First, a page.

I want to tell you about a few of my favorite sensory activities that I use in my classroom. First of all, why use sensory activities? Sensory experiences provide learners with opportunities for exploratory play. These experiences promote inquiry-based learning, language and cognitive development, and social interaction. We all know how important play is in an early childhood classroom. The problem is finding time for it. The good news is you can combine sensory experiences with your curriculum to create meaningful activities that your students will love.
At the beginning of the year, I love to incorporate my home-made Chicka Chicka Boom Boom tree into our literacy stations. The tree itself is made from a 4-in PVC pipe, covered in burlap, that slides over a wood base (6-8-in long dowel rod, screwed into a piece of wood). The top of the tree has fake palm tree leaves and coconuts that I picked up at a craft store. The tree is covered in square Velcro dots and sits in a plastic storage tub. The tub is filled with kid-friendly play sand that weighs down the base of the tree enough to keep it sturdy. You can find several sets of Dollar Tree alphabet letters buried in the sand. The letters have Velcro dots on their backs so that they can stick to the tree. My students love to dig for the letters and retell Bill Martin Jr.'s story with the pieces.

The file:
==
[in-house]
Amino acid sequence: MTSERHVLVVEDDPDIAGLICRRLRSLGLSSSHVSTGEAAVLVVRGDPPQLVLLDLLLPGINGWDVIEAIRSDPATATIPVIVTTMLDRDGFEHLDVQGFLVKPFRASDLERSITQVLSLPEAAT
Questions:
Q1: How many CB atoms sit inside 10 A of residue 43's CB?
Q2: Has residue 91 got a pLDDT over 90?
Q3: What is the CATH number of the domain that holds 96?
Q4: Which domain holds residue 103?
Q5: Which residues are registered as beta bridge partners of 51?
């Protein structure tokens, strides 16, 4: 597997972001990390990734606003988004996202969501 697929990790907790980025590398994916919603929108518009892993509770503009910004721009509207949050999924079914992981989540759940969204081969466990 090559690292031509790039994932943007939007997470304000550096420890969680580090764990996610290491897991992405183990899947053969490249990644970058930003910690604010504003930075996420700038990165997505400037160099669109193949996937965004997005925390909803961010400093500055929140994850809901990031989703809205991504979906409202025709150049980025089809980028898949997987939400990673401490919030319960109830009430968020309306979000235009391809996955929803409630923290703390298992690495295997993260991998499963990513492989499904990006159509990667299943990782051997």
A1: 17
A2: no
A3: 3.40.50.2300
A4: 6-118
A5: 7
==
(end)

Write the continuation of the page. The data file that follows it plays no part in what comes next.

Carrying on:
What can this sensory activity reinforce?
- retelling of the story
- naming letters
- alphabetically order
- making words with the letters
Here is another favorite sensory tub I use in the spring.
I just fill the tub with organic dirt and throw in a few kid's gardening tools, plastic or biodegradable pots, and various sized seeds left over from our garden. I also usually add in some of those plant marker cards and a few artificial flowers as well as some plastic insects. If you wanted to, you could even add real worms to your tub! My kids always have a blast digging in the dirt! One year I put the top on the tub and left it sitting in the corner of my classroom over the weekend. When we opened it up a few days later the kids were amazed to find the tub covered in green. The moisture from the dirt and the heat from having the lid on had caused the seeds to sprout. Of course, everyone wanted to explore the tub again. :)
I like to make this graphic organizer available for my kids when they are exploring tubs like the one above. Sometimes I run off a class set for my kids to fill out and glue into their journals. Other times I just have a small group set available (laminated) and my kids use dry-erase markers to fill them out while at the station. Click on the picture to download.
my blog and say hi. Thanks to Jeannie for letting me share with you today! :)
Mary Lirette loves to create and share ideas for the K-2 classroom.